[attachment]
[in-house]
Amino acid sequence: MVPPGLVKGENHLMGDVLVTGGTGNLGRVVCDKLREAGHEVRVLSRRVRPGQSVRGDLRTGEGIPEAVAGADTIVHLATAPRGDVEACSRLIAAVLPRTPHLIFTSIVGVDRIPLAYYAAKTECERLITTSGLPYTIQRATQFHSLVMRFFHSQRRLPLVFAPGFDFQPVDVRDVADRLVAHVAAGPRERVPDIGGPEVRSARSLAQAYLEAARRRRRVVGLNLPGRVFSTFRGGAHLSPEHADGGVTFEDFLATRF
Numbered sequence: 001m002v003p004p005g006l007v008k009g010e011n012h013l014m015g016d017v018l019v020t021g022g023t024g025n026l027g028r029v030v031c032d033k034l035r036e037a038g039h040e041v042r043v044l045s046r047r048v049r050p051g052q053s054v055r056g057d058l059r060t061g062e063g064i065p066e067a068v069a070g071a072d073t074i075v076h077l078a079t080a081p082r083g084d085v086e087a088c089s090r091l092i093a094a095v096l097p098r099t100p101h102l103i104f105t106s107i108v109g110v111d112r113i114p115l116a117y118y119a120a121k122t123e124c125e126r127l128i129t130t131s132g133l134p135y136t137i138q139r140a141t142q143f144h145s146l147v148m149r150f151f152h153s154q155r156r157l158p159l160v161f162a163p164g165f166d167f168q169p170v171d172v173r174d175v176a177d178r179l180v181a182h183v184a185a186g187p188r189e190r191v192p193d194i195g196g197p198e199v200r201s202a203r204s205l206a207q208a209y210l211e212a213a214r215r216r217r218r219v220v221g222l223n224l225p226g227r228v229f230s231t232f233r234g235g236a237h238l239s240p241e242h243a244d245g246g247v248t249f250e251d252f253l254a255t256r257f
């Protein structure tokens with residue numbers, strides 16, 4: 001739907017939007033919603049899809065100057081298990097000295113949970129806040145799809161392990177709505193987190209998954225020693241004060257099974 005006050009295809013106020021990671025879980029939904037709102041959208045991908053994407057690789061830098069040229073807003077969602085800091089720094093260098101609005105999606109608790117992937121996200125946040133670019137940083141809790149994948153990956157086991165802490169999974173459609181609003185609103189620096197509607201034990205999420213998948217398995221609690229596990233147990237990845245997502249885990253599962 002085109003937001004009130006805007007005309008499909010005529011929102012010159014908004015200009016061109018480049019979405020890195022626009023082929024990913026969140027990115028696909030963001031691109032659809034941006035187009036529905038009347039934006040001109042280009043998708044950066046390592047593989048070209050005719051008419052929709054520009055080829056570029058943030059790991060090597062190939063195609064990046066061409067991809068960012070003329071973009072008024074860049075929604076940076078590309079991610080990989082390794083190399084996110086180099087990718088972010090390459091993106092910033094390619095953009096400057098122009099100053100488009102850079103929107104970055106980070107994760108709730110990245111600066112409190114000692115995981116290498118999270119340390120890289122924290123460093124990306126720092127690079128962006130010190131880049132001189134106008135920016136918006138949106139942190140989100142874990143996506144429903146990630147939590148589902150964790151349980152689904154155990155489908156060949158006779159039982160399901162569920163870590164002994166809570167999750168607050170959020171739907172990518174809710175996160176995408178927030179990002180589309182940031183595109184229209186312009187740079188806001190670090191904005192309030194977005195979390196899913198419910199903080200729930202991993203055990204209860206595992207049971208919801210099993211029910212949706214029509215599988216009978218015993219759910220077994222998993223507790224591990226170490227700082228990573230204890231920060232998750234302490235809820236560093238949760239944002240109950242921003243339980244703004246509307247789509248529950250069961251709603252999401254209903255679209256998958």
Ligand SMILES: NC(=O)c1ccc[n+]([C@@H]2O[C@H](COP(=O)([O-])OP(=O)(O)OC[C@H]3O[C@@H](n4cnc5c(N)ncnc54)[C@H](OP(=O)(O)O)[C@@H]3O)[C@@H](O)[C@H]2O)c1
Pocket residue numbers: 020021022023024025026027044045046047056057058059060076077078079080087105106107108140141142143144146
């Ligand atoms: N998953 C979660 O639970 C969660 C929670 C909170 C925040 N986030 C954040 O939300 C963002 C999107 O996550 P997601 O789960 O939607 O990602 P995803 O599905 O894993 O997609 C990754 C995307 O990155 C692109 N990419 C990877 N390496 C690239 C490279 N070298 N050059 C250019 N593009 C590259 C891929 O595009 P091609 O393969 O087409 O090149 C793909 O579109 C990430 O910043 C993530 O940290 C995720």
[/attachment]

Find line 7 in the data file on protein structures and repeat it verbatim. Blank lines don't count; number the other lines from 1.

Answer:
């Ligand atoms: N998953 C979660 O639970 C969660 C929670 C909170 C925040 N986030 C954040 O939300 C963002 C999107 O996550 P997601 O789960 O939607 O990602 P995803 O599905 O894993 O997609 C990754 C995307 O990155 C692109 N990419 C990877 N390496 C690239 C490279 N070298 N050059 C250019 N593009 C590259 C891929 O595009 P091609 O393969 O087409 O090149 C793909 O579109 C990430 O910043 C993530 O940290 C995720």